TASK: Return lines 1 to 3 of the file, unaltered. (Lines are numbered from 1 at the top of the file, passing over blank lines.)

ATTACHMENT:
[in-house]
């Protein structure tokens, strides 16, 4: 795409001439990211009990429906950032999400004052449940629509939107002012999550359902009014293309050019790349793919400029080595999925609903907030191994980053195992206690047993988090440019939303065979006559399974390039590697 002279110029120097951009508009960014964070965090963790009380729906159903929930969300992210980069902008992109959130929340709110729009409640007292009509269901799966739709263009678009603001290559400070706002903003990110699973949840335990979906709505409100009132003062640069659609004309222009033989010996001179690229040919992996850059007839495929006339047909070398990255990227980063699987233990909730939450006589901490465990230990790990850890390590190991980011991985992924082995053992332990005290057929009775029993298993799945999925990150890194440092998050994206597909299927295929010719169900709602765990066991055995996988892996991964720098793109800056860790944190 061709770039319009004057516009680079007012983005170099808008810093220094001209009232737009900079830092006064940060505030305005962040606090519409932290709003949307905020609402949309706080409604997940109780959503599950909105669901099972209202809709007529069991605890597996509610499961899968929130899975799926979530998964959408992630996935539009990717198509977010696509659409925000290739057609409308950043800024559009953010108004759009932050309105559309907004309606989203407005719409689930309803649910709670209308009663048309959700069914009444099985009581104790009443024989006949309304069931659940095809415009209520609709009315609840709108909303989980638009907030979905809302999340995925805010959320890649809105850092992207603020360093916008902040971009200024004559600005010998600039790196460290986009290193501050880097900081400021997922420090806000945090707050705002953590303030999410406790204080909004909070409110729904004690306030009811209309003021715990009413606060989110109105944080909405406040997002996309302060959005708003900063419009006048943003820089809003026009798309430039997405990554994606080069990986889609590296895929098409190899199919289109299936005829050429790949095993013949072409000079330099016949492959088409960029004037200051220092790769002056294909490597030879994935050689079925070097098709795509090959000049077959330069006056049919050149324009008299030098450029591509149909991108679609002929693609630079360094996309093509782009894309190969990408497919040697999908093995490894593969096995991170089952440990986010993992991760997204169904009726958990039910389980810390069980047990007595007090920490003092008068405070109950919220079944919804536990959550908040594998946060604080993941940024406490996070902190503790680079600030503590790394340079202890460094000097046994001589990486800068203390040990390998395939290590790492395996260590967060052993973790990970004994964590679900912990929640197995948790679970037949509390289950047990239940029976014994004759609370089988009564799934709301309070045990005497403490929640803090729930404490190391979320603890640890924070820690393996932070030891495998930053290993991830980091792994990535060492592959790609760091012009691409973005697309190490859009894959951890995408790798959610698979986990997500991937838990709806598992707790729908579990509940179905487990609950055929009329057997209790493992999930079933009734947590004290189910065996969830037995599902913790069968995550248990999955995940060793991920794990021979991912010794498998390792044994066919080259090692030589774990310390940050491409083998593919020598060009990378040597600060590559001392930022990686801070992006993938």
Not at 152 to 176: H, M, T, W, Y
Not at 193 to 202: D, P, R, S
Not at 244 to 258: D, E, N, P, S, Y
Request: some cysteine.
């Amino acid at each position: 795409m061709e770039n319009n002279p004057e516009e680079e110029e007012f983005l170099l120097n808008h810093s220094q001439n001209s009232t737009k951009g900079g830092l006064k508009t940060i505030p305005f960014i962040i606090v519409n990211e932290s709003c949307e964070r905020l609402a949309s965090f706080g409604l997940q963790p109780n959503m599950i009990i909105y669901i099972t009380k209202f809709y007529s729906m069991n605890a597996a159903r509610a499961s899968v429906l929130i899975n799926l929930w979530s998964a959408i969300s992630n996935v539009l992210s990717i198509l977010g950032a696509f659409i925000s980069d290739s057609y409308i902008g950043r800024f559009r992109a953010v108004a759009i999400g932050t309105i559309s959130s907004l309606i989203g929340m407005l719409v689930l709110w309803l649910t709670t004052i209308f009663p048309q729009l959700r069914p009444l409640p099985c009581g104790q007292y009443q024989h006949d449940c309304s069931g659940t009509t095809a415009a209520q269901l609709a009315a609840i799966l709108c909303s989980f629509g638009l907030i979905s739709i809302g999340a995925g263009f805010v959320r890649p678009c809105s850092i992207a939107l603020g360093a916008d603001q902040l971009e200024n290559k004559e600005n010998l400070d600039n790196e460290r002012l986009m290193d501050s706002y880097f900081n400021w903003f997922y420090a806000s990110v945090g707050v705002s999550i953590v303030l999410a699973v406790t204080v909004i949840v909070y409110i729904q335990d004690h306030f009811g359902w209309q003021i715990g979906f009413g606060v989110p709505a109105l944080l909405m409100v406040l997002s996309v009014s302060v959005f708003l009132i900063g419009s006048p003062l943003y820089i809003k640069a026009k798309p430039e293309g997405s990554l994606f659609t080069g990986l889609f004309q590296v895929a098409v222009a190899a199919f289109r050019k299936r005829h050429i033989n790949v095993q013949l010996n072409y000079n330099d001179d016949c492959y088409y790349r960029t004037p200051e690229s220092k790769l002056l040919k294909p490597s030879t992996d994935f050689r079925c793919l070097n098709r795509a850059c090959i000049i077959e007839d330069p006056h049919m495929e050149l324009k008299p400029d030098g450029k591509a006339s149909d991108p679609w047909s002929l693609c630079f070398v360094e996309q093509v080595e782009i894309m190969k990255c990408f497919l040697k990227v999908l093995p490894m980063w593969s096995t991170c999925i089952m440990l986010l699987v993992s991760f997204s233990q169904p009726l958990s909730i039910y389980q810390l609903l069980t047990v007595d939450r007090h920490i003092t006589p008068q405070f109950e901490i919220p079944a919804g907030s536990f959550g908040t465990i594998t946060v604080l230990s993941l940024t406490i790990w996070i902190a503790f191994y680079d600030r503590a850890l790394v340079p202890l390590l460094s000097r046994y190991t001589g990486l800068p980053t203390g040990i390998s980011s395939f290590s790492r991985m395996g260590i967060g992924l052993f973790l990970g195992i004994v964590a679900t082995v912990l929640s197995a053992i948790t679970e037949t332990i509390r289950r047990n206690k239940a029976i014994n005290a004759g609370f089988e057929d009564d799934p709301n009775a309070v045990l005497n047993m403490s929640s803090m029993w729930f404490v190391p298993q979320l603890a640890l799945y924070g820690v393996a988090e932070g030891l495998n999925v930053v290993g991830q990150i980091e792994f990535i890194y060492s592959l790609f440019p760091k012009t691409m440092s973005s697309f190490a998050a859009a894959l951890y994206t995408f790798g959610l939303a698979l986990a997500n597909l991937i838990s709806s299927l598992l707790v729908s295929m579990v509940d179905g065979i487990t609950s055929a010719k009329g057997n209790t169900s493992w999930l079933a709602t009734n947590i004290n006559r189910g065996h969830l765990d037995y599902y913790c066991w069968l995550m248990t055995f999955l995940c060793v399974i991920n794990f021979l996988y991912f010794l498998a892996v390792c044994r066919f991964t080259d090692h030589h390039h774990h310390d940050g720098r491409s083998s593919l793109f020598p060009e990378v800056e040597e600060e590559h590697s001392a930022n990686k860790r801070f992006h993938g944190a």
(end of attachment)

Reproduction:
[in-house]
């Protein structure tokens, strides 16, 4: 795409001439990211009990429906950032999400004052449940629509939107002012999550359902009014293309050019790349793919400029080595999925609903907030191994980053195992206690047993988090440019939303065979006559399974390039590697 002279110029120097951009508009960014964070965090963790009380729906159903929930969300992210980069902008992109959130929340709110729009409640007292009509269901799966739709263009678009603001290559400070706002903003990110699973949840335990979906709505409100009132003062640069659609004309222009033989010996001179690229040919992996850059007839495929006339047909070398990255990227980063699987233990909730939450006589901490465990230990790990850890390590190991980011991985992924082995053992332990005290057929009775029993298993799945999925990150890194440092998050994206597909299927295929010719169900709602765990066991055995996988892996991964720098793109800056860790944190 061709770039319009004057516009680079007012983005170099808008810093220094001209009232737009900079830092006064940060505030305005962040606090519409932290709003949307905020609402949309706080409604997940109780959503599950909105669901099972209202809709007529069991605890597996509610499961899968929130899975799926979530998964959408992630996935539009990717198509977010696509659409925000290739057609409308950043800024559009953010108004759009932050309105559309907004309606989203407005719409689930309803649910709670209308009663048309959700069914009444099985009581104790009443024989006949309304069931659940095809415009209520609709009315609840709108909303989980638009907030979905809302999340995925805010959320890649809105850092992207603020360093916008902040971009200024004559600005010998600039790196460290986009290193501050880097900081400021997922420090806000945090707050705002953590303030999410406790204080909004909070409110729904004690306030009811209309003021715990009413606060989110109105944080909405406040997002996309302060959005708003900063419009006048943003820089809003026009798309430039997405990554994606080069990986889609590296895929098409190899199919289109299936005829050429790949095993013949072409000079330099016949492959088409960029004037200051220092790769002056294909490597030879994935050689079925070097098709795509090959000049077959330069006056049919050149324009008299030098450029591509149909991108679609002929693609630079360094996309093509782009894309190969990408497919040697999908093995490894593969096995991170089952440990986010993992991760997204169904009726958990039910389980810390069980047990007595007090920490003092008068405070109950919220079944919804536990959550908040594998946060604080993941940024406490996070902190503790680079600030503590790394340079202890460094000097046994001589990486800068203390040990390998395939290590790492395996260590967060052993973790990970004994964590679900912990929640197995948790679970037949509390289950047990239940029976014994004759609370089988009564799934709301309070045990005497403490929640803090729930404490190391979320603890640890924070820690393996932070030891495998930053290993991830980091792994990535060492592959790609760091012009691409973005697309190490859009894959951890995408790798959610698979986990997500991937838990709806598992707790729908579990509940179905487990609950055929009329057997209790493992999930079933009734947590004290189910065996969830037995599902913790069968995550248990999955995940060793991920794990021979991912010794498998390792044994066919080259090692030589774990310390940050491409083998593919020598060009990378040597600060590559001392930022990686801070992006993938």
Not at 152 to 176: H, M, T, W, Y